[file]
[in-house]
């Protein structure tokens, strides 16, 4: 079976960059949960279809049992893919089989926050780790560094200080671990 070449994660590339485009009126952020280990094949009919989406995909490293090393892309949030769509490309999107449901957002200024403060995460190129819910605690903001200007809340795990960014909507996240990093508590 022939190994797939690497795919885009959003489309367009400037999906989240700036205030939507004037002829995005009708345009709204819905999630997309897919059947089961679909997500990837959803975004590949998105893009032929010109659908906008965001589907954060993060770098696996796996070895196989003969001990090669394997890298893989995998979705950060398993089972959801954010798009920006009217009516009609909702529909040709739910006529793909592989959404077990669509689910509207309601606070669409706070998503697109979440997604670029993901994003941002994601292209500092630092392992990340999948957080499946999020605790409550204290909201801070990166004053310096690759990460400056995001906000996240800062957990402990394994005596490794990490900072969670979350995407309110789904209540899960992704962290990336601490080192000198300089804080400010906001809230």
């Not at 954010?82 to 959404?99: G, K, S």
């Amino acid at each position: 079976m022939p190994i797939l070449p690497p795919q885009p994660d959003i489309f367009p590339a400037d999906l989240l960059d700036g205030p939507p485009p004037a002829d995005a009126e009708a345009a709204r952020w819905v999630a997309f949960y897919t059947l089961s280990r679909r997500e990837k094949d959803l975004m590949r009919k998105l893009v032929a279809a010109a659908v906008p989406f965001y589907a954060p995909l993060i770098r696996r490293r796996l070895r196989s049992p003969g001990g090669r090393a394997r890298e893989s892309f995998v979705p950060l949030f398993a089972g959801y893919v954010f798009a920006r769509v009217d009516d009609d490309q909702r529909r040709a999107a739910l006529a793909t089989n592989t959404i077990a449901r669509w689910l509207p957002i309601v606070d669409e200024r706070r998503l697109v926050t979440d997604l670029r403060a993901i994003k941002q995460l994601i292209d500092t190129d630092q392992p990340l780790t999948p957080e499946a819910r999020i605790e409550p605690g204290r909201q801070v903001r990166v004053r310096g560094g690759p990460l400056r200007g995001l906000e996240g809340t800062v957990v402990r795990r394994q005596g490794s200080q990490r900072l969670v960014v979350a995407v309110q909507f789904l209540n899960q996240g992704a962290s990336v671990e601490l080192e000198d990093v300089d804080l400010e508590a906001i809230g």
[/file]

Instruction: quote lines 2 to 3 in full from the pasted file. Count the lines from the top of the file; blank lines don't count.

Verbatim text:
């Protein structure tokens, strides 16, 4: 079976960059949960279809049992893919089989926050780790560094200080671990 070449994660590339485009009126952020280990094949009919989406995909490293090393892309949030769509490309999107449901957002200024403060995460190129819910605690903001200007809340795990960014909507996240990093508590 022939190994797939690497795919885009959003489309367009400037999906989240700036205030939507004037002829995005009708345009709204819905999630997309897919059947089961679909997500990837959803975004590949998105893009032929010109659908906008965001589907954060993060770098696996796996070895196989003969001990090669394997890298893989995998979705950060398993089972959801954010798009920006009217009516009609909702529909040709739910006529793909592989959404077990669509689910509207309601606070669409706070998503697109979440997604670029993901994003941002994601292209500092630092392992990340999948957080499946999020605790409550204290909201801070990166004053310096690759990460400056995001906000996240800062957990402990394994005596490794990490900072969670979350995407309110789904209540899960992704962290990336601490080192000198300089804080400010906001809230």
């Not at 954010?82 to 959404?99: G, K, S």